The first rounds of the Russian Championships Superfinals was played on December 5.
In the open tournament, the rating favourite Ian Nepomniachtchi defeated Maxim Matlakov as White. After the game, the grandmaster noted that the game had been very complicated. “The fight was equal all the time, and probably Maxim started to make mistakes closer to the time trouble. I think that Black had more interesting continuations until the final blunder. Speaking about the opening, it was a very long computer analysis, and mine finished a bit earlier than his. But I made a couple of logical moves, consolidated the position, and it all turned out well in tactics”, said Nepomniachtchi.
Daniil Dubov beat Andrey Esipenko with the white pieces as well. The 2018 rapid world champion seemed to have surprised his rival in the opening. Black was showing a bold front in a tough position, but Dubov was acting very precisely and artfully to gain a decisive edge. Despite having a queen for a rook and a bishop, Esipenko didn’t manage to hold the white passer on d7 and resigned on move 36.
Sergey Karjakin won against Mikhail Antipov as Black. After the game, Karjakin said that he had understood during the game that it would last long. White decided to leave his king in the centre and pushed his pawns on both sides of the board. Black successfully regrouped his forces and started a counterplay using the opponent’s weaknesses. After a breakthrough on the queenside, Karjakin achieved a sizable advantage by pushing his pawn to the second rank and converted his edge into a victory after the time control.
The game Fedoseev – Chigaev ended in a draw by a threefold repetition on move 34. The opponents showed a deep preparation in the Grunfeld Defence. White got a good compensation for a sacrificed piece in the final position.
Aleksey Goganov and Peter Svidler also made a draw. The eight-time Russian champion sacrificed a pawn in the opening, but his opponent immediately gave it back; that’s why the position didn’t become very sharp. Black had a slight initiative, but there were no visible ways to develop it, so the rivals agreed to a draw by a threefold repetition.
Vladislav Artemiev, who had Black against Nikita Vitiugov, also sacrificed a pawn in a double-edged line of the Sicilian Defence. White chose a solid way in the middle game, and Black managed to give shelter to his king and take back the material. A draw by repetition was fixed on move 21.
Standings after Round 1:
1-3. Sergey Karjakin, Ian Nepomniachtchi, Daniil Dubov – 1
4-9. Maksim Chigaev, Nikita Vitiugov, Vladimir Fedoseev, Aleksey Goganov – 0.5
10-12. Maxim Matlakov, Andrey Esipenko, Mikhail Antipov – 0.
Round 2 pairings:
Karjakin – Esipenko, Chigaev – Dubov, Matlakov – Fedoseev, Svidler – Nepomniachtchi, Artemiev – Goganov, Antipov – Vitiugov.
Two key games were played in the women’s tournament already in the first round. In one of these encounters, Aleksandra Goryachkina defeated Valentina Gunina as Black. White was rather creative in the opening, while Black put their pieces on the right squares and got a solid positional advantage. Gunina sacrificed a piece for the attack in the middlegame, but Goryachkina precisely countered all threats and celebrated victory on move 34.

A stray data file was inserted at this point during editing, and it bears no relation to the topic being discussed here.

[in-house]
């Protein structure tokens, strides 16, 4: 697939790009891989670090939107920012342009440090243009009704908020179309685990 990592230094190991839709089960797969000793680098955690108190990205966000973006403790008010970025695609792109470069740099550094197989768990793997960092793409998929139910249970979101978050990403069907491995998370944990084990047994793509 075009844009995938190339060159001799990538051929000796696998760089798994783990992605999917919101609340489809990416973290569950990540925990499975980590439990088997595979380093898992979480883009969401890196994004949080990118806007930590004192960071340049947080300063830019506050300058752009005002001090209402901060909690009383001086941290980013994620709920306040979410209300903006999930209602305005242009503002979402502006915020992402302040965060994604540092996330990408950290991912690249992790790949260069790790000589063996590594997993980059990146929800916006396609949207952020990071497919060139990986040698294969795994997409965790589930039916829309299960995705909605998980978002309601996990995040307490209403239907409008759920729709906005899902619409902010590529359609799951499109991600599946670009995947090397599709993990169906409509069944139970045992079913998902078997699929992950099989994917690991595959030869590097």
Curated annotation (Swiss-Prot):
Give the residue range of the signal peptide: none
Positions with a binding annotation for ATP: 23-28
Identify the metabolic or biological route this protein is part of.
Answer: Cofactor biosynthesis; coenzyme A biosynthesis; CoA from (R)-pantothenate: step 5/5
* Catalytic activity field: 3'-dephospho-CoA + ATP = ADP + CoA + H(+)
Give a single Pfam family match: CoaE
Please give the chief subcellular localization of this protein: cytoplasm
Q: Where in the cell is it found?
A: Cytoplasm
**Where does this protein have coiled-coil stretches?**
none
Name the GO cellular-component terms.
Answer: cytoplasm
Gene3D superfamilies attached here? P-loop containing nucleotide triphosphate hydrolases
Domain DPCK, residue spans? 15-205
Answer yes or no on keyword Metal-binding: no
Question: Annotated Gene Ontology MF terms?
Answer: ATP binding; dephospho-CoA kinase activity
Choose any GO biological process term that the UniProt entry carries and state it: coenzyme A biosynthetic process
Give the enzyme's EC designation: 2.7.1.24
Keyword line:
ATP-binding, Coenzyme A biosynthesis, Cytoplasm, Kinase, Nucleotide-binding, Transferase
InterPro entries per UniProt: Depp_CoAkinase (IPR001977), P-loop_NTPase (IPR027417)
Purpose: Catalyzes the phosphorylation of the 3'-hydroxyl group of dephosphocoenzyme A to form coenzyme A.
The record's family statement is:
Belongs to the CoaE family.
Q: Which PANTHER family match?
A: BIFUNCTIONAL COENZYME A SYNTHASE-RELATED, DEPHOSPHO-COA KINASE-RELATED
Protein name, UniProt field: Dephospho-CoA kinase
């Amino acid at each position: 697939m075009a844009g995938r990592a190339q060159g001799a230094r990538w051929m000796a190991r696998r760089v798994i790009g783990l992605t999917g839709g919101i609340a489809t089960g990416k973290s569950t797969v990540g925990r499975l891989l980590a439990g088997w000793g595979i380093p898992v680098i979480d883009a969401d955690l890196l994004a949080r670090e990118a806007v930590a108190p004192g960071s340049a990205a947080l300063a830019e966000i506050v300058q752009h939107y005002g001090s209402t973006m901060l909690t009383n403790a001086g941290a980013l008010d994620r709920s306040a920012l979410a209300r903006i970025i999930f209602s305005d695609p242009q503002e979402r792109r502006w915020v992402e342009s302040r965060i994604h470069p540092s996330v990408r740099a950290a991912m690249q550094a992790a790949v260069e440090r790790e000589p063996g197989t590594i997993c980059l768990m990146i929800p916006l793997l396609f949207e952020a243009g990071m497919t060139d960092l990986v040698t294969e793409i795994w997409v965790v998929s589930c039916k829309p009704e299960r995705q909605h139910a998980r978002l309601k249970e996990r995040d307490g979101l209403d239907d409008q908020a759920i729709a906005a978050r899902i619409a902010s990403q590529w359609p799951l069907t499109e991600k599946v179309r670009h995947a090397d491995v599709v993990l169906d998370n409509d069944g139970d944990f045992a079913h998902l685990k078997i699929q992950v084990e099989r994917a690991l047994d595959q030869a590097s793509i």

In the second key game, Alina Kashlinskaya was playing against Alexandra Kosteniuk. White got a certain positional edge after the queen exchange, so Black must have acted accurately. Nevertheless, Alexandra managed to exchange the rooks and get a dynamic balance. The game ended in a draw on move 60.
Polina Shuvalova outplayed Marina Guseva with the white pieces. According to her, the game was rather challenging, as she somewhere she was acting not in the most precise way, and Black achieved a certain pressure. However, Guseva implemented an unfortunate tactical operation in the centre and lost a pawn. Shuvalova converted her edge in the endgame.
Natalija Pogonina won her game against Yulia Grigorieva on move 67. She converted two connected passers on the queenside in the endgame with the same-coloured bishops.
Olga Girya, whose rival was Tatyana Getman, could have got a crucial edge in the endgame with queens and rooks but chose an unprecise move order and missed a counterblow. Soon the game boiled down to the rook endgame, and the opponent agreed to a draw after the time control.
Alisa Galliamova found herself in a shaky position against the youngest participant Leya Garifullina, who developed a dangerous attack on the kingside. However, the situation equalised in the time trouble, and then Black got good chances to win. But the repeated Russian women’s champion, on her turn, pardoned her opponent, and the game ended in a draw.
Standings after Round 1:
1-3. Aleksandra Goryachkina, Natalija Pogonina, Polina Shuvalova – 1
4-9. Alexandra Kosteniuk, Olga Girya, Alisa Galliamova, Alina Kashlinskaya, Leya Garifullina, Tatyana Getman – 0.5
10-12. Marina Guseva, Yulia Grigorieva, Valentina Gunina – 0.
Rond 2 pairings:
Kosteniuk – Galliamova, Grigorieva – Garifullina, Goryachkina – Pogonina, Girya – Gunina, Guseva – Getman, Kashlinskaya – Shuvalova.
Total prize fund is 10 million rubles.
The medalists well be given tickets to the legendary CHESS musical.
The tournament is a part of the Chess in Museums programme, which has been carried out by the Chess Federation of Russia and the Elena and Gennady Foundation since 2012.
The organisers are the Chess Federation of Russia and the Timchenko Foundation. The tournament is supported by the Russian Ministry of Sports. The general sponsor of the Russian national teams is the Federal Grid Company Unified Energy System (FGC UES). The CFR general partner is PhosAgro.